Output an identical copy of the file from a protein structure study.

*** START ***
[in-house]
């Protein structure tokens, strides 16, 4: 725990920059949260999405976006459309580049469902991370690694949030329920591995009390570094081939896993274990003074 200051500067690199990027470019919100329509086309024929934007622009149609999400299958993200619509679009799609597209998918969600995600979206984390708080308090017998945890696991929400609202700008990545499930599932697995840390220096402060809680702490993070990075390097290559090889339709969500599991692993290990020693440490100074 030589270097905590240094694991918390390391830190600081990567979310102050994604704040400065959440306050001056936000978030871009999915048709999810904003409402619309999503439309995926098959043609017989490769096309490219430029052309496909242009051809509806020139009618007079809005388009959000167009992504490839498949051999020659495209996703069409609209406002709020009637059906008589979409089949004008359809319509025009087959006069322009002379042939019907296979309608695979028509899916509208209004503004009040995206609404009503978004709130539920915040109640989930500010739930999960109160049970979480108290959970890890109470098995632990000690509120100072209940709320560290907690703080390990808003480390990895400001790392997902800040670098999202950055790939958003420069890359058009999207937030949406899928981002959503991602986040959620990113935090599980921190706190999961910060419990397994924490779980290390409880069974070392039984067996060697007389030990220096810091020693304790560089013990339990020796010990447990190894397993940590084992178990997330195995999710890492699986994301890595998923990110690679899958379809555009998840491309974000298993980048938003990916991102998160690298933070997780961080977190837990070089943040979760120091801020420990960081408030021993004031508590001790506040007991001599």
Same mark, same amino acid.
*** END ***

[in-house]
């Protein structure tokens, strides 16, 4: 725990920059949260999405976006459309580049469902991370690694949030329920591995009390570094081939896993274990003074 200051500067690199990027470019919100329509086309024929934007622009149609999400299958993200619509679009799609597209998918969600995600979206984390708080308090017998945890696991929400609202700008990545499930599932697995840390220096402060809680702490993070990075390097290559090889339709969500599991692993290990020693440490100074 030589270097905590240094694991918390390391830190600081990567979310102050994604704040400065959440306050001056936000978030871009999915048709999810904003409402619309999503439309995926098959043609017989490769096309490219430029052309496909242009051809509806020139009618007079809005388009959000167009992504490839498949051999020659495209996703069409609209406002709020009637059906008589979409089949004008359809319509025009087959006069322009002379042939019907296979309608695979028509899916509208209004503004009040995206609404009503978004709130539920915040109640989930500010739930999960109160049970979480108290959970890890109470098995632990000690509120100072209940709320560290907690703080390990808003480390990895400001790392997902800040670098999202950055790939958003420069890359058009999207937030949406899928981002959503991602986040959620990113935090599980921190706190999961910060419990397994924490779980290390409880069974070392039984067996060697007389030990220096810091020693304790560089013990339990020796010990447990190894397993940590084992178990997330195995999710890492699986994301890595998923990110690679899958379809555009998840491309974000298993980048938003990916991102998160690298933070997780961080977190837990070089943040979760120091801020420990960081408030021993004031508590001790506040007991001599």
Same mark, same amino acid.